"One can empathize with what he genuinly brings across in his words, tone and volume. You can hear and feel his pure emotions when he ventilates his lyrics (autobiographical or not) through his spoken-word singing, howls, screams or grunts"
Originating from early 2019 Chat Pile is an Oklahoma, US based noise-rock/sludge band. They released two EP's (This Dungeon Earth and Remove Your Skin Please) in 2019, but I only got acquainted through their split with Portrayal Of Guilt last year.
From that moment on I had my eyes on them because with their style of music, you raise an eyebrow, or two at first, and soon after you find yourself nodding your head and digging their intensity, and finally, before you know it, you are hooked and addicted to hear more. So, I was eagerly waiting for their debut album to arrive and as I expected, the first single that saw the light of day only confirmed that my impatience was for a good reason.
God’s Country got released through the interesting San Francisco based label The Flenser ( Midwife, Mamaleek, King Woman) and the first reactions are purely positive. Music-wise the songs breath a typical underground DIY vibe with no compromises. As Bill Hicks once beautifuly stated: “Play from your fucking heart!” well that’s what these guys do. The bass is fat and low-tuned, the drums sound Godfleshish-like, heavily industrial and the guitar is filthy and omnious. One moment the music is transparant and building, the other moment it's erupting and exploding like an unexpected right-hook to the jaw. On top of all those sounds are the charismatic vocals of Raygun Busch (real name Randy Heyer). Quite an interesting approach vocally I have to say. In his maniacal rants, on the verge of psychiatry, he reminds me of Alexis Marschall from Daughters.
As a teacher in social work I train students in the importance of empathizing with other human beings in order to get into and understand their living world. As a social worker you have to find a certain balance in feeling with and for the other, but not get too emotional attached with someone else’s problems either, otherwise they become your burden keeping you awake every night feeling the weight of the world on your shoulders and with the images of other peoples traumatic experiences haunting you. As a vocalist in Chat Pile, now that’s a whole different story of course! Here, it seems to be impossible NOT to over-empathize, and perhaps it’s the only way to fully express? Busch seems to be able to totally immerse himself in the immense and ever growing shit pile American society (and the whole world that is) brings forth. One can empathize with what he genuinly brings across in his words, tone and volume. You can hear and feel his pure emotions when he ventilates his lyrics (autobiographical or not) through his spoken-word singing, howls, screams or grunts. You can feel his pain and utter sadness when he screams about what animals are going through in Slaughterhouses. Right there and then he’s not just singing about an animal, he IS that animal, feeling it’s pain and sadness. You can feel the complete hopelessness, powerlessness and rage he feels for the suffering of his fellow human beings who have to live and die outside, while we have the means and resources to do it differently.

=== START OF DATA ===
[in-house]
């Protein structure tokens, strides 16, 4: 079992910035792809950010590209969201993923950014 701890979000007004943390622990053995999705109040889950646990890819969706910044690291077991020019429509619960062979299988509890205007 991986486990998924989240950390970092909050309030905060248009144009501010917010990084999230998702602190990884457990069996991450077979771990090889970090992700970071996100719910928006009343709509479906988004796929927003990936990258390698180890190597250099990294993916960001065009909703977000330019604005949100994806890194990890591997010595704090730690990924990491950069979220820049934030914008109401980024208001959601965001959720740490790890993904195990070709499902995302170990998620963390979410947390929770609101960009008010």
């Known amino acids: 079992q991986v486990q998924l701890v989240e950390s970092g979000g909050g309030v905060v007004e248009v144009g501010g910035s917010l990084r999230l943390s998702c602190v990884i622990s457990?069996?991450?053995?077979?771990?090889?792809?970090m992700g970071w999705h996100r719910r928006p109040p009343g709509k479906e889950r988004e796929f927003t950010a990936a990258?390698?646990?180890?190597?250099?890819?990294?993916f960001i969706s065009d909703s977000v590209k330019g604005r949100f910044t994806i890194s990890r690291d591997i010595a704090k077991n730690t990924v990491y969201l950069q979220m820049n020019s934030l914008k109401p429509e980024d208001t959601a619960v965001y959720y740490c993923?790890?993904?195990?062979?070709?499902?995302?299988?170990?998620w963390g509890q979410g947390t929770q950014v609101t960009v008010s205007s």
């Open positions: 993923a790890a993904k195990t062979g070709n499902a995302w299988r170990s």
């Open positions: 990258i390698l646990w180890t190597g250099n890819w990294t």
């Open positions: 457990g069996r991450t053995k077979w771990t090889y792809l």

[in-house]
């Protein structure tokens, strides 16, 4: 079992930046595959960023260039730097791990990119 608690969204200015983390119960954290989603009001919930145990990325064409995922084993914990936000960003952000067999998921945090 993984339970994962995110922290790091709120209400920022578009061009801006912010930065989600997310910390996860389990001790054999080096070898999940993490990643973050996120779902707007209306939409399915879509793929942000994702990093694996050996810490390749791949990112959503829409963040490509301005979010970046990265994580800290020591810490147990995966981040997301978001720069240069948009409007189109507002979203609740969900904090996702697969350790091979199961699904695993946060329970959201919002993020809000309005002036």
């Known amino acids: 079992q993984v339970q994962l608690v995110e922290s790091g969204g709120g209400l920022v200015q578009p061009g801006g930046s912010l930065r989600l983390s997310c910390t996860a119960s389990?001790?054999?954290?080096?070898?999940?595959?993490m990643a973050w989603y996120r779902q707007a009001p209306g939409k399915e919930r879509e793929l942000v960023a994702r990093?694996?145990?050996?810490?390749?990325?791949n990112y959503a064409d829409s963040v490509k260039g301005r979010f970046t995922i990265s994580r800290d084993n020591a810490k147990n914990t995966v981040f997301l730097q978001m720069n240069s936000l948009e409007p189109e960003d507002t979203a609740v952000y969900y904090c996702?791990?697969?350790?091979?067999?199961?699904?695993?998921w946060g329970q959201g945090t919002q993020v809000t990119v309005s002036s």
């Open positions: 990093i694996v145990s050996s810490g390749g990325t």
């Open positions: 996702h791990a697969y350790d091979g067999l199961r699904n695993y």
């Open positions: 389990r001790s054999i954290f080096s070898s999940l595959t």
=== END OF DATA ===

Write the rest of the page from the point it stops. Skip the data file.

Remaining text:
In I Don’t Care If I Burn (which is more like a radio play with spoken word and sound effects) and album closer grimacesmokingweed.jpeg you start to believe Rusch is truly fighting to keep in touch with reality and not slip into a delusional murderous or suicidal psychosis. Just listen to those primal, gut-spilling and soul-tearing screams that end this album. If these don’t get under your skin just a little bit, then you’re a cold-hearted and soulless weirdo. And if you were dreaming about becoming a social worker, here’s some advice: please don’t!.
The entire album is like this. Each song is soaked with Rusch’s vulnerability, balancing delicately on the edge of insanity, psychosis and (self) murder. “You were not supposed to see this, but here it is!” And it’s exactly this that gives this album and band that extra dimension. Fucking brilliant. Yearlist material.